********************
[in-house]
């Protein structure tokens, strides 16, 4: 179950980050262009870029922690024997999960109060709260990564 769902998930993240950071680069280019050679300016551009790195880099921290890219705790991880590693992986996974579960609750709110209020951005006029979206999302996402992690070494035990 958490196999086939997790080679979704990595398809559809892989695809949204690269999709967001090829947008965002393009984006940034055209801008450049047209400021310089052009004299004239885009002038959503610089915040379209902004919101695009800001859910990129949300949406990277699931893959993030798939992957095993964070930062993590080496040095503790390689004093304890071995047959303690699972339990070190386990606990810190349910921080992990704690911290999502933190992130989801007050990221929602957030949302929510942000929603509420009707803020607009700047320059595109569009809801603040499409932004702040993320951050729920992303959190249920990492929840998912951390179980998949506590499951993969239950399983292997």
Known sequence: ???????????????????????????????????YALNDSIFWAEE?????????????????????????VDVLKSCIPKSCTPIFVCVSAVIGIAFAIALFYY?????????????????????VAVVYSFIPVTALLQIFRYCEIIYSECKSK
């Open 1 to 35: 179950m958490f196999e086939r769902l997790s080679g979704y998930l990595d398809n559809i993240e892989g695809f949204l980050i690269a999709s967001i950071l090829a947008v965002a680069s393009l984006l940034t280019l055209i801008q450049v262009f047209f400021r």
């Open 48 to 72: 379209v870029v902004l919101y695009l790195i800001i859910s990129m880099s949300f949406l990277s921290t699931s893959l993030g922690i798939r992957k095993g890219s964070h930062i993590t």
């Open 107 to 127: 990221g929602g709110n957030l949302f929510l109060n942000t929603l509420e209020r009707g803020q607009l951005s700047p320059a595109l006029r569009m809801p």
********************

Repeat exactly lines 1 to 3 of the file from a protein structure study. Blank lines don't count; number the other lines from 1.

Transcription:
[in-house]
């Protein structure tokens, strides 16, 4: 179950980050262009870029922690024997999960109060709260990564 769902998930993240950071680069280019050679300016551009790195880099921290890219705790991880590693992986996974579960609750709110209020951005006029979206999302996402992690070494035990 958490196999086939997790080679979704990595398809559809892989695809949204690269999709967001090829947008965002393009984006940034055209801008450049047209400021310089052009004299004239885009002038959503610089915040379209902004919101695009800001859910990129949300949406990277699931893959993030798939992957095993964070930062993590080496040095503790390689004093304890071995047959303690699972339990070190386990606990810190349910921080992990704690911290999502933190992130989801007050990221929602957030949302929510942000929603509420009707803020607009700047320059595109569009809801603040499409932004702040993320951050729920992303959190249920990492929840998912951390179980998949506590499951993969239950399983292997």
Known sequence: ???????????????????????????????????YALNDSIFWAEE?????????????????????????VDVLKSCIPKSCTPIFVCVSAVIGIAFAIALFYY?????????????????????VAVVYSFIPVTALLQIFRYCEIIYSECKSK